Corporations Embracing Renewable Power

A report released jointly in October by the Corporate Eco Forum (CEF) and the World Wildlife Fund shows that leadership in the corporate world may now be fully engaged in the push for more renewable-energy generation.

“Corporate Renewable Energy Procurement: A Snapshot of Key Trends, Strategies, and Practices in 2016,” examines several factors related to corporations’ procurement of renewable energy. It is based on an in-depth survey of 37 CEF members and Renewable Energy Buyers’ Principles signatories.

The study finds that companies are leveraging a range of instruments, including indirect and direct forms of financing, to procure renewables. Unbundled renewable-energy credits and physical power purchase agreements are the most common, with the latter increasing in popularity.

More than half of companies surveyed have set a renewable-energy target, and half of those have a target of 100 percent. Greenhouse gas emissions reduction targets are a key driver of renewable-energy procurement for companies that do not have their own renewable-energy target.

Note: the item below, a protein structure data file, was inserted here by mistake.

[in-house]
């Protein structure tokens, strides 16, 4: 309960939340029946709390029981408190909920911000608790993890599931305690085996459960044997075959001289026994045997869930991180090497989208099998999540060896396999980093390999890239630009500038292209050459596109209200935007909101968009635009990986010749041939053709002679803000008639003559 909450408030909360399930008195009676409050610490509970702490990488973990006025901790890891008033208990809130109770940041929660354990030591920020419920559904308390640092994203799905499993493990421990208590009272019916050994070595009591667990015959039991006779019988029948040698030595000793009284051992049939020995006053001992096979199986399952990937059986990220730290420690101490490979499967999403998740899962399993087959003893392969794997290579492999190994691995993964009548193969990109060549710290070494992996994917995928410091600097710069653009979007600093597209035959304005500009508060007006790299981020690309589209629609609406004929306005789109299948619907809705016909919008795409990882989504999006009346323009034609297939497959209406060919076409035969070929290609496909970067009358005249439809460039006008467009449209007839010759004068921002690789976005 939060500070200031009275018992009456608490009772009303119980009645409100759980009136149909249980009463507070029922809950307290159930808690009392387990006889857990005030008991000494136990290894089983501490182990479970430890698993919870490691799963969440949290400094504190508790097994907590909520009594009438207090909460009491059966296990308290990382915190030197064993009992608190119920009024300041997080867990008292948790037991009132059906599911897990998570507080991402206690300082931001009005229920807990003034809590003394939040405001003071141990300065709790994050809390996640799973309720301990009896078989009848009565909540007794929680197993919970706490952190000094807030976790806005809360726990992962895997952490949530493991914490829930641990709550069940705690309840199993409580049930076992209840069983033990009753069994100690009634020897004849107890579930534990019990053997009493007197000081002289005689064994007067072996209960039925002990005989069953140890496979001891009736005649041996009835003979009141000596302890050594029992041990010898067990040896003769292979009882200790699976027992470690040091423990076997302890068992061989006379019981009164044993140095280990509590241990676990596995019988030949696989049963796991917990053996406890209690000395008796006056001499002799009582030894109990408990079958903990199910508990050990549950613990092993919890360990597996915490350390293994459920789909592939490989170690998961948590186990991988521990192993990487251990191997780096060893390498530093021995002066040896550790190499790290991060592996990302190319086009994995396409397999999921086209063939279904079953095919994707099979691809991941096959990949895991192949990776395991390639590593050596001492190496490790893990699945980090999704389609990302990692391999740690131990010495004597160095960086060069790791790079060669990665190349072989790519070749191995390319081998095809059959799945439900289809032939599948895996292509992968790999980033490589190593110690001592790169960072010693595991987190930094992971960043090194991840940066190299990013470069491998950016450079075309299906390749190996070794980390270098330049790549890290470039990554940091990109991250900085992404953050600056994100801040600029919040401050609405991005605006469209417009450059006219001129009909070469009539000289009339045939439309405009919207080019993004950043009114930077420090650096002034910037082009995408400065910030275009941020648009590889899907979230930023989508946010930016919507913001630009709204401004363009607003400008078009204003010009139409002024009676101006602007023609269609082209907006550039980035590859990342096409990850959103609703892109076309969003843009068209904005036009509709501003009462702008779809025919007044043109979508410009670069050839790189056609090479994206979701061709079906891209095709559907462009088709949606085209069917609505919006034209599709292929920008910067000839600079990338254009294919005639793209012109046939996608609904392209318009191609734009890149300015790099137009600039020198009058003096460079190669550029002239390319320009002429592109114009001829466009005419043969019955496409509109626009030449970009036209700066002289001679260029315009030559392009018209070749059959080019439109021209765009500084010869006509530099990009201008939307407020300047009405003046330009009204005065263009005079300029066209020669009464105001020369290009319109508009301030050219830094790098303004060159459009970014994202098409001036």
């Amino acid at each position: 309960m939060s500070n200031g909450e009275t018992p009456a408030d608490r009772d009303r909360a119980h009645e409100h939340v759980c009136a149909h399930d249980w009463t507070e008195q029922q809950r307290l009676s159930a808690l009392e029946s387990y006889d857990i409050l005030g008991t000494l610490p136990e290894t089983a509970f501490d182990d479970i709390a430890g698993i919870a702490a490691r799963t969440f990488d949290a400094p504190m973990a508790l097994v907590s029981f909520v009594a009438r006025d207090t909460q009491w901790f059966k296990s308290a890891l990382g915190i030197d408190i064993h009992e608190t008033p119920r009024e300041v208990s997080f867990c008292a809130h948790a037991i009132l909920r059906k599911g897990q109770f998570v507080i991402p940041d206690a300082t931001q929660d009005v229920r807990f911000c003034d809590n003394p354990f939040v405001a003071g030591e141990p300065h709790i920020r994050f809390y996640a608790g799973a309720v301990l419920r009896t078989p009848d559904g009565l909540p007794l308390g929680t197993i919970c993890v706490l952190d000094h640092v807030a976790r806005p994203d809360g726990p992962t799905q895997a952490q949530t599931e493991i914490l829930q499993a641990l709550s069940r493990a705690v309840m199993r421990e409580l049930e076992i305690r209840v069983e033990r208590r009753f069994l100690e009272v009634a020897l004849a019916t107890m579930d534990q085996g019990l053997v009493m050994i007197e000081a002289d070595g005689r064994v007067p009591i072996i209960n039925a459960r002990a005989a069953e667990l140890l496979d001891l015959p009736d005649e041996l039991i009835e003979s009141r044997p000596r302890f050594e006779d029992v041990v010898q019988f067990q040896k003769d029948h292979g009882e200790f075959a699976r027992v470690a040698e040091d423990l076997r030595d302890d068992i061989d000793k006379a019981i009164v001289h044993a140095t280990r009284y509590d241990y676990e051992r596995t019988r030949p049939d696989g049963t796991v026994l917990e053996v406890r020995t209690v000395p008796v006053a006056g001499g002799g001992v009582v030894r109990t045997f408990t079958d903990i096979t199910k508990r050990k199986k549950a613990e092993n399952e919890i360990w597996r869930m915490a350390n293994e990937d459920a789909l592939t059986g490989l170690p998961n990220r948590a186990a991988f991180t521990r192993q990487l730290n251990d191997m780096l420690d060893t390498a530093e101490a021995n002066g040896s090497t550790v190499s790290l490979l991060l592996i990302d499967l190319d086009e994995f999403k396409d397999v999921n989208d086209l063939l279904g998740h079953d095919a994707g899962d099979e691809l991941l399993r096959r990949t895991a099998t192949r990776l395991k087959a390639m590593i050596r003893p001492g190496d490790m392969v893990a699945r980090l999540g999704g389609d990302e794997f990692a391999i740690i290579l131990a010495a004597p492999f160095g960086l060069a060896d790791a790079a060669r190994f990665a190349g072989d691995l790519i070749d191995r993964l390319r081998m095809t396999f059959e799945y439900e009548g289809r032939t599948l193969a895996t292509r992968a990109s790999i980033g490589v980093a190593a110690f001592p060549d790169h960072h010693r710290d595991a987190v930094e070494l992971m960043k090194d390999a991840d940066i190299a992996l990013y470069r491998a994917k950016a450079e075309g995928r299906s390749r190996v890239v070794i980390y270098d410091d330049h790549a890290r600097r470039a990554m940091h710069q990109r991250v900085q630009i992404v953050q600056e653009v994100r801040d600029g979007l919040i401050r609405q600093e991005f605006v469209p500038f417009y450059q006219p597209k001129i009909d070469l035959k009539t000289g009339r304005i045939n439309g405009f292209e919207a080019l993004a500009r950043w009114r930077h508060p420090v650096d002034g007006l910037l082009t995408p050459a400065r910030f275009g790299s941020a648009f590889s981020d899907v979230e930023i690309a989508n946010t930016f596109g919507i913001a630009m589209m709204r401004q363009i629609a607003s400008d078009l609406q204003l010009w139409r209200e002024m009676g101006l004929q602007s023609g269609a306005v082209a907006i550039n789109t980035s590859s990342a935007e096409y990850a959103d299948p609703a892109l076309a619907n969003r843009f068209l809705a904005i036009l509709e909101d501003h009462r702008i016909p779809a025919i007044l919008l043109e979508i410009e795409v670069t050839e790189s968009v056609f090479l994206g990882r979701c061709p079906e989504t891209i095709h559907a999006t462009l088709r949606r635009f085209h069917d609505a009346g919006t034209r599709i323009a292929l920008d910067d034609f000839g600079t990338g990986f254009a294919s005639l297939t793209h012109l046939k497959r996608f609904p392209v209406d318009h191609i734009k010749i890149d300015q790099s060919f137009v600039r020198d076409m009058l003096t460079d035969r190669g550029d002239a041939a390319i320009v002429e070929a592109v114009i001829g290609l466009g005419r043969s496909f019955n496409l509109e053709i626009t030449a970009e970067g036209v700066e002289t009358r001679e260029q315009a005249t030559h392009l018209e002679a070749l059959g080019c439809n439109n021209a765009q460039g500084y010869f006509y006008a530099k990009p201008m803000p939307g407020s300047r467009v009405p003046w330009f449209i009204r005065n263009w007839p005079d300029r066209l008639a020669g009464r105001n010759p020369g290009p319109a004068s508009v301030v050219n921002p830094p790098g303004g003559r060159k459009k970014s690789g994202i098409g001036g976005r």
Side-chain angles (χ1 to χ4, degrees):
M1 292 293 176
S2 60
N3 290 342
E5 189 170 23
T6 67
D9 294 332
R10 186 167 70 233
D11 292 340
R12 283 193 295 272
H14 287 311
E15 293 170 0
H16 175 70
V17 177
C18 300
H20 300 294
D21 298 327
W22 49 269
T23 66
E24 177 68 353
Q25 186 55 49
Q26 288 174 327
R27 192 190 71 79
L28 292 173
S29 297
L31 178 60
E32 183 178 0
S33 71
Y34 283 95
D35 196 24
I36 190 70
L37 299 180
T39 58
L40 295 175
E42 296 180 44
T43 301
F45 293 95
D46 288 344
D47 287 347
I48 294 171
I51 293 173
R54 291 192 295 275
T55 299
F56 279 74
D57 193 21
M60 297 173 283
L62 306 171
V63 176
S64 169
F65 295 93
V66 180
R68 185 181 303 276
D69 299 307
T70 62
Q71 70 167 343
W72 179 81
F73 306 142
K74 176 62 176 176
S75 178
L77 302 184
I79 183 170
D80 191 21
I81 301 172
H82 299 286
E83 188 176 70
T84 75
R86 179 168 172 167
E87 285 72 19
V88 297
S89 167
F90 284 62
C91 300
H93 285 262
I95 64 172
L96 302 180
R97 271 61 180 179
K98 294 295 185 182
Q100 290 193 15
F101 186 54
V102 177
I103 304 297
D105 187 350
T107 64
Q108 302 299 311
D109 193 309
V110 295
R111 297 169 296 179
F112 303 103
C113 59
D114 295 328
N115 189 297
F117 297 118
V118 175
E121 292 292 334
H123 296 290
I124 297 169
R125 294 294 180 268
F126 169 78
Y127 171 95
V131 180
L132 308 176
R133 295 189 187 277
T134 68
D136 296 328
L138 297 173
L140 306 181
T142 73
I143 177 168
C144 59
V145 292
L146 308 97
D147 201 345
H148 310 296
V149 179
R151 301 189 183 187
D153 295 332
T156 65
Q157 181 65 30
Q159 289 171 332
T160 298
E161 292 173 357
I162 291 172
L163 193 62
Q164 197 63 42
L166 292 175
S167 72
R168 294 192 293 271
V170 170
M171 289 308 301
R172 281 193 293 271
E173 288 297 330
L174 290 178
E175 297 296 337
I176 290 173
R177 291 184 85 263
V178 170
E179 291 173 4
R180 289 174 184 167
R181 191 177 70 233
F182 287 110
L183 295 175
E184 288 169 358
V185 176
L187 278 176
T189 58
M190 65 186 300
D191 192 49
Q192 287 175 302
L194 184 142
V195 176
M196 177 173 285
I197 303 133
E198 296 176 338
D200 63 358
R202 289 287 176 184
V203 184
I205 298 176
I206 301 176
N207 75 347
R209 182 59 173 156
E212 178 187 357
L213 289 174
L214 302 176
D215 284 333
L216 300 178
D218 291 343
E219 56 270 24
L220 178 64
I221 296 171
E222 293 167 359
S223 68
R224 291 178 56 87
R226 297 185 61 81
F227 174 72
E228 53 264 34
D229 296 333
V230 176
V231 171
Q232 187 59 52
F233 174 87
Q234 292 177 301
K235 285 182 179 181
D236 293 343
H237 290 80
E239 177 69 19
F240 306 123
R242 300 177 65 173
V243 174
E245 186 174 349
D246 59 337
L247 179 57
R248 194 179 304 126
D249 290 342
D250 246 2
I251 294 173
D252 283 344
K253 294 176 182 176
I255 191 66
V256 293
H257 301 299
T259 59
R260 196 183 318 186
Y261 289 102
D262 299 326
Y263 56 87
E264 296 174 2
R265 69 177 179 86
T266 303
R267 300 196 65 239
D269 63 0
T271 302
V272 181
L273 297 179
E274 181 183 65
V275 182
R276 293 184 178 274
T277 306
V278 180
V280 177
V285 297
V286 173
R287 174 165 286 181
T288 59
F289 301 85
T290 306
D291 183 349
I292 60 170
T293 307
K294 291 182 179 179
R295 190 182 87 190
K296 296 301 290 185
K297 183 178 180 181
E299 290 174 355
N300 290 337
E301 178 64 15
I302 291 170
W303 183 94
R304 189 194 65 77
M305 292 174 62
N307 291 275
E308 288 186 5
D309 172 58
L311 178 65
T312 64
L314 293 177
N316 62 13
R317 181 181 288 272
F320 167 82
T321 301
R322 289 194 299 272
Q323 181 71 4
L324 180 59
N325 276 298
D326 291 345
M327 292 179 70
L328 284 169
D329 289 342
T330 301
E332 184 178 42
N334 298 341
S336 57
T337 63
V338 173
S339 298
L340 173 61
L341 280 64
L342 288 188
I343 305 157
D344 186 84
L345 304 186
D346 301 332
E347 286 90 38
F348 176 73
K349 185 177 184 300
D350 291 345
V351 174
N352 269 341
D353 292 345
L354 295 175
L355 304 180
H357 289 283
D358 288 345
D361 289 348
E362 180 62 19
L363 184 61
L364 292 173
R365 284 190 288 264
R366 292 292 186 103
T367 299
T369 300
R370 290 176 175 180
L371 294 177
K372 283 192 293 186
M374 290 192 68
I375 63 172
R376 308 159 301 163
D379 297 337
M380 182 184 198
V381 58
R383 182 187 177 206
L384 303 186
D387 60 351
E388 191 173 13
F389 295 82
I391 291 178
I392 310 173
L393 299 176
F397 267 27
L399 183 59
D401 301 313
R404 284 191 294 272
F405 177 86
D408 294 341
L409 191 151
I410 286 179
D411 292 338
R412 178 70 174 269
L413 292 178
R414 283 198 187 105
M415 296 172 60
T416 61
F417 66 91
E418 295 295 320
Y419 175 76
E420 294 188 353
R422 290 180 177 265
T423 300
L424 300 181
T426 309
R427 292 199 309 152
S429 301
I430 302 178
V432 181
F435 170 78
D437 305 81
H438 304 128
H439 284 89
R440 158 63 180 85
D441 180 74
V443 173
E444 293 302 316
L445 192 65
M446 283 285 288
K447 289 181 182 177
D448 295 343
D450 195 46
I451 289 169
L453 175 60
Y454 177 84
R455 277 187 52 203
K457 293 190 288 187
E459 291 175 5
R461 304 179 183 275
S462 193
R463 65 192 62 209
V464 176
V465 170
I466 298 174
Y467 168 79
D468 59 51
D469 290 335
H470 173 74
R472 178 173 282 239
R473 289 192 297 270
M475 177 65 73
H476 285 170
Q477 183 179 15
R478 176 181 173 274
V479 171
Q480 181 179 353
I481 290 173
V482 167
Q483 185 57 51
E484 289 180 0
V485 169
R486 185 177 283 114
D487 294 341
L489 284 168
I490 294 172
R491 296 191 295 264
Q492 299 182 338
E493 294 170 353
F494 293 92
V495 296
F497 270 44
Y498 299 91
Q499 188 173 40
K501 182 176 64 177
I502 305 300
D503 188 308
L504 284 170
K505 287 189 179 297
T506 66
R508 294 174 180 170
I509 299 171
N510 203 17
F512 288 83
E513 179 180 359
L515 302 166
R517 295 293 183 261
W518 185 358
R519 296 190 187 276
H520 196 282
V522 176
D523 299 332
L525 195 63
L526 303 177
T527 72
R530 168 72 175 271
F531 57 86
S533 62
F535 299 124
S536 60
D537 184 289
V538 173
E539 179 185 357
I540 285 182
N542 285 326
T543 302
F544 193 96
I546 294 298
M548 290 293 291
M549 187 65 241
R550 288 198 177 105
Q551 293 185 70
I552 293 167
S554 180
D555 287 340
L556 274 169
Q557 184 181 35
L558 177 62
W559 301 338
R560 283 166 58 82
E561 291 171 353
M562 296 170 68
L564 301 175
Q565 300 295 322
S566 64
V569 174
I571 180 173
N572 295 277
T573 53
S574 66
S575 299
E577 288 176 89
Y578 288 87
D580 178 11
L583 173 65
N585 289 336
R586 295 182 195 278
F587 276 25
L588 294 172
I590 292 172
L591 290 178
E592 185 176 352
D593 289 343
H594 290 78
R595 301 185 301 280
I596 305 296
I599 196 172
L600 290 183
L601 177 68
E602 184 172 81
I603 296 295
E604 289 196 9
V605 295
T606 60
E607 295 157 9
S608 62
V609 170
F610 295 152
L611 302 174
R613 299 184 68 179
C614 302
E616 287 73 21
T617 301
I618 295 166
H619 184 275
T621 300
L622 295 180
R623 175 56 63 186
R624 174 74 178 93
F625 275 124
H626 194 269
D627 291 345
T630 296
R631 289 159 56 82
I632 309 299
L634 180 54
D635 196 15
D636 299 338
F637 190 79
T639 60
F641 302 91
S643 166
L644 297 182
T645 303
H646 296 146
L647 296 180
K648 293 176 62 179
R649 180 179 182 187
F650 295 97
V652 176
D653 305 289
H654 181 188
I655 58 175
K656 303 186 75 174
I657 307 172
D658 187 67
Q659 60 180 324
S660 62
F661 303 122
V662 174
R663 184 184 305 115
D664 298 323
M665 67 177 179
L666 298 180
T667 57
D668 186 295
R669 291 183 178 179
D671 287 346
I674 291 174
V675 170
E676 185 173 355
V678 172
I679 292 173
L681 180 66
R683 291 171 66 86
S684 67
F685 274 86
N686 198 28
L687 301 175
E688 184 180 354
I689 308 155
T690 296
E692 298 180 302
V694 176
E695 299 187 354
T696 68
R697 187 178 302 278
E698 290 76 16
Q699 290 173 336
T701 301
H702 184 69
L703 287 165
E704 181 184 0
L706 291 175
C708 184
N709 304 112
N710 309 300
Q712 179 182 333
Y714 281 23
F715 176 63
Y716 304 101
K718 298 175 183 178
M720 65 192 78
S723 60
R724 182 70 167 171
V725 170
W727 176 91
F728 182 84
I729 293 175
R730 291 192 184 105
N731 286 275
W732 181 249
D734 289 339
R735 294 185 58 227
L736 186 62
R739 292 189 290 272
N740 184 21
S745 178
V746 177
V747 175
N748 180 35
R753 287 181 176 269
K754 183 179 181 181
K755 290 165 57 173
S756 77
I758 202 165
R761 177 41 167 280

The study finds three factors motivate companies to set a renewable-energy target. Companies want to mitigate climate impact, reduce energy costs and demonstrate corporate leadership. Forty-three percent of companies surveyed have a time-bound target. Of these targets, more than 80 percent are over the short-term (between 2016–2025).

Wind is the most popular form of renewable generation for the companies surveyed, primarily because it has the shortest payback period—usually fewer than six years. Solar photovoltaic are the second most popular source of renewable power.

Respondents report that executives, group presidents and vice presidents determine the strategic direction when it comes to target setting, policies and projects.

Thirty-seven companies representing nine sectors participated in the survey, with combined revenues exceeding $1 trillion.

About the Author

Rick Laezman

Freelance Writer

Rick Laezman is a Los Angeles-based freelance writer who has been covering renewable power for more than 10 years. He may be reached at

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